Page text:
Feminist Practices in Architecture

Edited by Lori A. Brown

Women continue to be extremely under-represented in the architectural profession. Despite equal numbers of male and female students entering architectural studies, there is at least 17-25% attrition of female students and not all remaining become practicing architects. In both the academic and the professional fields of architecture, positions of power and authority are almost entirely male, and as such, the profession is defined by a heterosexual, Eurasian male perspective. This book argues that it is vital for all architectural students and practitioners to be exposed to a diversity of contemporary architectural practices, as this might provide a first step into broadening awareness and transforming architectural engagement. It considers the relationships between feminist methodologies and the various approaches toward design and their impact upon our understanding and relationship to the built environment. In doing so, this collection challenges two conventional ideas: firstly, the definition of architecture and secondly, what constitutes a feminist practice. This collection of up-and-coming female architects and designers use a wide range of local and global examples of their work to question different aspects of these two conventional ideas. While focusing on feminist perspectives, the book offers insights into many different issues, concerns and interpretations of architecture, proposing through these types of engagement, architecture can become more culturally, politically and environmentally relevant. This 'next generation' of architects claim feminism as their own and through doing so, help define what feminism means and how it is evolving in the 21st century.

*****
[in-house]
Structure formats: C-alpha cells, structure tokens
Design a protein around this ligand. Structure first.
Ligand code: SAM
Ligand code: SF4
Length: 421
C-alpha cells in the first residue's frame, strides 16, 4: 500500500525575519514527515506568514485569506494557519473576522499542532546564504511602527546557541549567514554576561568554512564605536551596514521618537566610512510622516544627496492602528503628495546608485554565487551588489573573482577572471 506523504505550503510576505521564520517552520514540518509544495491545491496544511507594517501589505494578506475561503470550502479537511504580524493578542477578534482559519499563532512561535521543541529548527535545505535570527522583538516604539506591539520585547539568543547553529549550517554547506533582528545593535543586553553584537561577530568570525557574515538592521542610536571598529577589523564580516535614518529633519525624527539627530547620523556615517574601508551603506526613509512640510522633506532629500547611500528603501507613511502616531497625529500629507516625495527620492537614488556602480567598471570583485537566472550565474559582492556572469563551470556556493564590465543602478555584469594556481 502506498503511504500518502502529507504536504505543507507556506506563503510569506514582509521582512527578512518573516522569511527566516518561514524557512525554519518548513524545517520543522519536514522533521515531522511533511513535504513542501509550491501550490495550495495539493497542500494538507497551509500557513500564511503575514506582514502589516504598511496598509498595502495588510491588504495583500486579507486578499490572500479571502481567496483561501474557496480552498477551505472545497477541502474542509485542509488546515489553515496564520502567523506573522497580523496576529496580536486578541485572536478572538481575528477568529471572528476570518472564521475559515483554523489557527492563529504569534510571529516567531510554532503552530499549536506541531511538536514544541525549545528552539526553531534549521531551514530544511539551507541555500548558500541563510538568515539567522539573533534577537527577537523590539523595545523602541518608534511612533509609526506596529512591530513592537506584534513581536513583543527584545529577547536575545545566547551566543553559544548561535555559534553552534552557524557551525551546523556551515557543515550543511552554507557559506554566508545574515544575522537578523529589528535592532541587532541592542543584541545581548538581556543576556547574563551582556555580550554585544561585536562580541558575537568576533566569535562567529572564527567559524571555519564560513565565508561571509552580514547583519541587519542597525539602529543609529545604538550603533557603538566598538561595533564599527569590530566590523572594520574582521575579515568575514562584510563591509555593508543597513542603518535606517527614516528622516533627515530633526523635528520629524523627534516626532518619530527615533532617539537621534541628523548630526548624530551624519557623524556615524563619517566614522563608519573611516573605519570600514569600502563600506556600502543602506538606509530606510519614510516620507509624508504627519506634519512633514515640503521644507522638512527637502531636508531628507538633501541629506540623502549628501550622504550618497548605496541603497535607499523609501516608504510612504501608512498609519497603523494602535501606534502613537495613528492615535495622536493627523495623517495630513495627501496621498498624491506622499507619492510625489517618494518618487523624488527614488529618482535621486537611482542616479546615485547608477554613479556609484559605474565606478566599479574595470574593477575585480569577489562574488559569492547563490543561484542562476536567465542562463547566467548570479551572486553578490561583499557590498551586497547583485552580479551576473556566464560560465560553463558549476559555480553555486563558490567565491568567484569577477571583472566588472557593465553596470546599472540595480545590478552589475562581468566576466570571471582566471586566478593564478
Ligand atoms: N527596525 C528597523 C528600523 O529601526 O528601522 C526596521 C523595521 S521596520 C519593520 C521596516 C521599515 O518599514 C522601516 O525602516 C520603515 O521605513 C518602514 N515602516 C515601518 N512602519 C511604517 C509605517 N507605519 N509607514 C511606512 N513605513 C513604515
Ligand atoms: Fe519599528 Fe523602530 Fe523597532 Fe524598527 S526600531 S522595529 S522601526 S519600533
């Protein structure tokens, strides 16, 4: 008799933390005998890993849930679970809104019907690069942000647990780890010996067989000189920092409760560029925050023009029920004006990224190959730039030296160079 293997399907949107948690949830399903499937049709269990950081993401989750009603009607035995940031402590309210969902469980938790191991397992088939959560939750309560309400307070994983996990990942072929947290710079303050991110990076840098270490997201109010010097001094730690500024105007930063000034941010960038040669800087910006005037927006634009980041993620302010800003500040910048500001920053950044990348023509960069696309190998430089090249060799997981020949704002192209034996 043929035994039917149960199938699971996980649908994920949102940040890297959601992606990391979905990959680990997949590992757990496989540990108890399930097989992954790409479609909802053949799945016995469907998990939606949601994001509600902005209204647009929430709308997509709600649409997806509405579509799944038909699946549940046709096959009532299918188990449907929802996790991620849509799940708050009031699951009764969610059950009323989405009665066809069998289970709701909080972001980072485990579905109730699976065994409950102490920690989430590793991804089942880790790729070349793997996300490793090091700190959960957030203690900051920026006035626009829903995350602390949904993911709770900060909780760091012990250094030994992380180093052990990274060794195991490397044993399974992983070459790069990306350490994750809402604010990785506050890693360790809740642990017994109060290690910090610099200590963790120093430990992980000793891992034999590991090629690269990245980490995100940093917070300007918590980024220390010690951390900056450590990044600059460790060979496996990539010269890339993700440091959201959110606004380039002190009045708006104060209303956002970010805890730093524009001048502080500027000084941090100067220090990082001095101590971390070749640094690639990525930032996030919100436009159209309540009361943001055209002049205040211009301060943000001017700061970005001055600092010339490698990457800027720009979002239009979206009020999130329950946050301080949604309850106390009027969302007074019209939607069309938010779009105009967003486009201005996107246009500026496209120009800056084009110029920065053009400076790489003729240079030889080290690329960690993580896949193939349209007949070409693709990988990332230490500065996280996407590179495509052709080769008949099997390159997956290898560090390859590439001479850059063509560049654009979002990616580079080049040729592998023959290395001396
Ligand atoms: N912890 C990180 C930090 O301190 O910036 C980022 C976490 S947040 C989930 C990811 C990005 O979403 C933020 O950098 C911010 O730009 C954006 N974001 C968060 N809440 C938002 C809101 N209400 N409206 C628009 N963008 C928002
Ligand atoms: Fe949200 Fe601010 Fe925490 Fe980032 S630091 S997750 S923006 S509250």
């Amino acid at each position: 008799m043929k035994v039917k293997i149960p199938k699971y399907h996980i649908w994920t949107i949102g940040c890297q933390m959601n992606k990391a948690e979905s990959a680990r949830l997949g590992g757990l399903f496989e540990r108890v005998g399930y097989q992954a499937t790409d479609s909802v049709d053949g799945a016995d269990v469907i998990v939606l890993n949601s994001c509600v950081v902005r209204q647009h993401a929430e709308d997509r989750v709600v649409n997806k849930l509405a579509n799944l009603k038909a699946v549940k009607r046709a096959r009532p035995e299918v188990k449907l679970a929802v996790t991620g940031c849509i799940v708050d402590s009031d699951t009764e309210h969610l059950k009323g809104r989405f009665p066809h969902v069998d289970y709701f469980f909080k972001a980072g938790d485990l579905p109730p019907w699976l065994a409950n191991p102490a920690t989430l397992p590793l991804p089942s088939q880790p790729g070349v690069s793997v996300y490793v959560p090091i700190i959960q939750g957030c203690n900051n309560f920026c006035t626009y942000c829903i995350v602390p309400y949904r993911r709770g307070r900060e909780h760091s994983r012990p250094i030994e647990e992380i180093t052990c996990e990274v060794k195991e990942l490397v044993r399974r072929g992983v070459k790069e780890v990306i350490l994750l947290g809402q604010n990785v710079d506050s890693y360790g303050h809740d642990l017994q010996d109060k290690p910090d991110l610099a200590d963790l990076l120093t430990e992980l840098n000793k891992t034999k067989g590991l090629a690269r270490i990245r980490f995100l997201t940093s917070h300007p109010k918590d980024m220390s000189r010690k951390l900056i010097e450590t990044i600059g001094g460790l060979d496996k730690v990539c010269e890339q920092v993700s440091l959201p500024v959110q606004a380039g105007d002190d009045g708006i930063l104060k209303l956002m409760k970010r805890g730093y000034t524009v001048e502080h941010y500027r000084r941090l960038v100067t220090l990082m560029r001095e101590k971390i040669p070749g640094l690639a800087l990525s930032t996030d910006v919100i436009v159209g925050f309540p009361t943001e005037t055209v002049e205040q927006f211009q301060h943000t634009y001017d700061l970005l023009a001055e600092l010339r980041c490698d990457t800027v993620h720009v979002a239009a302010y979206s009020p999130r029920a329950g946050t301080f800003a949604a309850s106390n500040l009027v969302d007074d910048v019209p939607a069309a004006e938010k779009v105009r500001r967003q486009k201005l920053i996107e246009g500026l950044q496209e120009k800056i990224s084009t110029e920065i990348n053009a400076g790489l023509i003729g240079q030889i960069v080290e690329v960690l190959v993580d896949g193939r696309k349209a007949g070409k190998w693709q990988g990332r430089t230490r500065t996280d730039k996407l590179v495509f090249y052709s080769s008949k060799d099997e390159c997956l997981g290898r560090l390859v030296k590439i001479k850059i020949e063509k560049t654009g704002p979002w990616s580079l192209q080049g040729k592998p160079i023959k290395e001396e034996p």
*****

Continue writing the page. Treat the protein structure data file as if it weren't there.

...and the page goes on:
London, 2016, 24 x 17cm, 400pp, illustrated, Paperback.

£37.99
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